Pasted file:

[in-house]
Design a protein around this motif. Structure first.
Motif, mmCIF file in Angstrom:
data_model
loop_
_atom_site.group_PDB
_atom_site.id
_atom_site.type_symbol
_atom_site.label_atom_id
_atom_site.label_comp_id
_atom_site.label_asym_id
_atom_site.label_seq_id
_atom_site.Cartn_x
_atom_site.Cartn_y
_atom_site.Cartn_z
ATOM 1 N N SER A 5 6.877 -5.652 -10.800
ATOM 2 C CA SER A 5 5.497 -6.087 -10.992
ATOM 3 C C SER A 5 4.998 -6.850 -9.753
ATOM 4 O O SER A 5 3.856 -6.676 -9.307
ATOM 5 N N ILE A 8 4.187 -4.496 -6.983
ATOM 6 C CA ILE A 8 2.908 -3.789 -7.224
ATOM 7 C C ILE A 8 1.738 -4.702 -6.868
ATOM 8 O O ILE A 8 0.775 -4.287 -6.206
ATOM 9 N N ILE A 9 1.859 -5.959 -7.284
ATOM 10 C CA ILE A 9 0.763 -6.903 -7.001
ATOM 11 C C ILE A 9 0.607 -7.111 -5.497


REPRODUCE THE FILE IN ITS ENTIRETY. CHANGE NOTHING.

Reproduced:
[in-house]
Design a protein around this motif. Structure first.
Motif, mmCIF file in Angstrom:
data_model
loop_
_atom_site.group_PDB
_atom_site.id
_atom_site.type_symbol
_atom_site.label_atom_id
_atom_site.label_comp_id
_atom_site.label_asym_id
_atom_site.label_seq_id
_atom_site.Cartn_x
_atom_site.Cartn_y
_atom_site.Cartn_z
ATOM 1 N N SER A 5 6.877 -5.652 -10.800
ATOM 2 C CA SER A 5 5.497 -6.087 -10.992
ATOM 3 C C SER A 5 4.998 -6.850 -9.753
ATOM 4 O O SER A 5 3.856 -6.676 -9.307
ATOM 5 N N ILE A 8 4.187 -4.496 -6.983
ATOM 6 C CA ILE A 8 2.908 -3.789 -7.224
ATOM 7 C C ILE A 8 1.738 -4.702 -6.868
ATOM 8 O O ILE A 8 0.775 -4.287 -6.206
ATOM 9 N N ILE A 9 1.859 -5.959 -7.284
ATOM 10 C CA ILE A 9 0.763 -6.903 -7.001
ATOM 11 C C ILE A 9 0.607 -7.111 -5.497